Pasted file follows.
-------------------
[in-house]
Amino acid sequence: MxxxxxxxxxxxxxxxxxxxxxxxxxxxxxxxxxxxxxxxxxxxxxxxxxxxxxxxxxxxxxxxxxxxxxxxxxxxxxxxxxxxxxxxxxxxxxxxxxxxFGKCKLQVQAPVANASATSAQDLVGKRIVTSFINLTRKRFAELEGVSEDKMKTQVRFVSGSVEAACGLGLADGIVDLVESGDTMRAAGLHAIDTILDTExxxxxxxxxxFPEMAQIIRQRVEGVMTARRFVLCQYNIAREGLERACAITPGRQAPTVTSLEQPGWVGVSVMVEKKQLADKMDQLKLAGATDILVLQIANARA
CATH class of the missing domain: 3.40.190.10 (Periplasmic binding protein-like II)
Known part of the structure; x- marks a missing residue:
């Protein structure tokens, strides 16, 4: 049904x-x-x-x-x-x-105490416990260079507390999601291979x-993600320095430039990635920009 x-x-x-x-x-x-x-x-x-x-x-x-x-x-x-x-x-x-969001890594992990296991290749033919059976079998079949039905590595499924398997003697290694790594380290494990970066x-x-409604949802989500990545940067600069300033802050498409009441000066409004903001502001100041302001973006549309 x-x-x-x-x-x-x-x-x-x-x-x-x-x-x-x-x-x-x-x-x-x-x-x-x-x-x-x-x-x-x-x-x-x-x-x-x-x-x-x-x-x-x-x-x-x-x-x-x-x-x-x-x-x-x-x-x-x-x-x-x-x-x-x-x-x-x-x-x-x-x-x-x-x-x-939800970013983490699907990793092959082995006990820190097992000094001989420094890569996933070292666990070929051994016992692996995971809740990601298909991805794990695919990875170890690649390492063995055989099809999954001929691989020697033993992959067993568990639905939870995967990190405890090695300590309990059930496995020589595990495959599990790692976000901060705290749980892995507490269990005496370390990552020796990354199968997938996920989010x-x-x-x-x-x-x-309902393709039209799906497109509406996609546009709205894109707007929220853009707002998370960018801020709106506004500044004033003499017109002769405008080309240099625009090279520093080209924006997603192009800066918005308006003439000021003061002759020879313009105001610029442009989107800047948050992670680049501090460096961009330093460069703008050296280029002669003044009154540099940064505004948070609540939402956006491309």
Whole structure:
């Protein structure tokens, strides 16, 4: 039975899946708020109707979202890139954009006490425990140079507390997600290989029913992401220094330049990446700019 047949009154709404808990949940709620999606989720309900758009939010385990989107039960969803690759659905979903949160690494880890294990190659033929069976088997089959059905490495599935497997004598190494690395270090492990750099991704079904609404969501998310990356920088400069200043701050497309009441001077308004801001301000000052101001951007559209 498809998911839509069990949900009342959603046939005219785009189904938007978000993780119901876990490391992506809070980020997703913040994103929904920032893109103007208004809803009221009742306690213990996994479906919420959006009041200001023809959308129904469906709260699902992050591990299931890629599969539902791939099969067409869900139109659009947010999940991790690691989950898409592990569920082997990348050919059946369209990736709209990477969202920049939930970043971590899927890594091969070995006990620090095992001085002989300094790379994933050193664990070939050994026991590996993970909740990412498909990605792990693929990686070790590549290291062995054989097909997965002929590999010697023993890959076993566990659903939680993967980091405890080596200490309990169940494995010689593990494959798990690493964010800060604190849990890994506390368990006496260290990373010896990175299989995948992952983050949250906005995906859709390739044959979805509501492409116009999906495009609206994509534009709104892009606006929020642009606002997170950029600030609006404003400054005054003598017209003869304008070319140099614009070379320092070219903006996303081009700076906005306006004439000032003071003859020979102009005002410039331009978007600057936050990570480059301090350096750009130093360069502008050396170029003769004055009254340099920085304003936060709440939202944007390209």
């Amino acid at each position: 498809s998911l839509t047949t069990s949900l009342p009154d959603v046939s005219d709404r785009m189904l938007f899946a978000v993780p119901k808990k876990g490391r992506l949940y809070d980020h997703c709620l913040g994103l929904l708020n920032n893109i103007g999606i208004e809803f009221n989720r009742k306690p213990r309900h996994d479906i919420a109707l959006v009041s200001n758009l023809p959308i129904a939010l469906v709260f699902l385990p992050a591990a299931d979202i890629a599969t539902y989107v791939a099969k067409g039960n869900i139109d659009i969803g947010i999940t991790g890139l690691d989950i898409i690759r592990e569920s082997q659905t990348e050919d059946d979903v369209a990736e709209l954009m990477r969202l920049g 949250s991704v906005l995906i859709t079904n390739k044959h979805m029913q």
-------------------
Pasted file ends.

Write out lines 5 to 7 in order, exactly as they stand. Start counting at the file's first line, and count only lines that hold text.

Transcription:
């Protein structure tokens, strides 16, 4: 049904x-x-x-x-x-x-105490416990260079507390999601291979x-993600320095430039990635920009 x-x-x-x-x-x-x-x-x-x-x-x-x-x-x-x-x-x-969001890594992990296991290749033919059976079998079949039905590595499924398997003697290694790594380290494990970066x-x-409604949802989500990545940067600069300033802050498409009441000066409004903001502001100041302001973006549309 x-x-x-x-x-x-x-x-x-x-x-x-x-x-x-x-x-x-x-x-x-x-x-x-x-x-x-x-x-x-x-x-x-x-x-x-x-x-x-x-x-x-x-x-x-x-x-x-x-x-x-x-x-x-x-x-x-x-x-x-x-x-x-x-x-x-x-x-x-x-x-x-x-x-x-939800970013983490699907990793092959082995006990820190097992000094001989420094890569996933070292666990070929051994016992692996995971809740990601298909991805794990695919990875170890690649390492063995055989099809999954001929691989020697033993992959067993568990639905939870995967990190405890090695300590309990059930496995020589595990495959599990790692976000901060705290749980892995507490269990005496370390990552020796990354199968997938996920989010x-x-x-x-x-x-x-309902393709039209799906497109509406996609546009709205894109707007929220853009707002998370960018801020709106506004500044004033003499017109002769405008080309240099625009090279520093080209924006997603192009800066918005308006003439000021003061002759020879313009105001610029442009989107800047948050992670680049501090460096961009330093460069703008050296280029002669003044009154540099940064505004948070609540939402956006491309």
Whole structure:
């Protein structure tokens, strides 16, 4: 039975899946708020109707979202890139954009006490425990140079507390997600290989029913992401220094330049990446700019 047949009154709404808990949940709620999606989720309900758009939010385990989107039960969803690759659905979903949160690494880890294990190659033929069976088997089959059905490495599935497997004598190494690395270090492990750099991704079904609404969501998310990356920088400069200043701050497309009441001077308004801001301000000052101001951007559209 498809998911839509069990949900009342959603046939005219785009189904938007978000993780119901876990490391992506809070980020997703913040994103929904920032893109103007208004809803009221009742306690213990996994479906919420959006009041200001023809959308129904469906709260699902992050591990299931890629599969539902791939099969067409869900139109659009947010999940991790690691989950898409592990569920082997990348050919059946369209990736709209990477969202920049939930970043971590899927890594091969070995006990620090095992001085002989300094790379994933050193664990070939050994026991590996993970909740990412498909990605792990693929990686070790590549290291062995054989097909997965002929590999010697023993890959076993566990659903939680993967980091405890080596200490309990169940494995010689593990494959798990690493964010800060604190849990890994506390368990006496260290990373010896990175299989995948992952983050949250906005995906859709390739044959979805509501492409116009999906495009609206994509534009709104892009606006929020642009606002997170950029600030609006404003400054005054003598017209003869304008070319140099614009070379320092070219903006996303081009700076906005306006004439000032003071003859020979102009005002410039331009978007600057936050990570480059301090350096750009130093360069502008050396170029003769004055009254340099920085304003936060709440939202944007390209």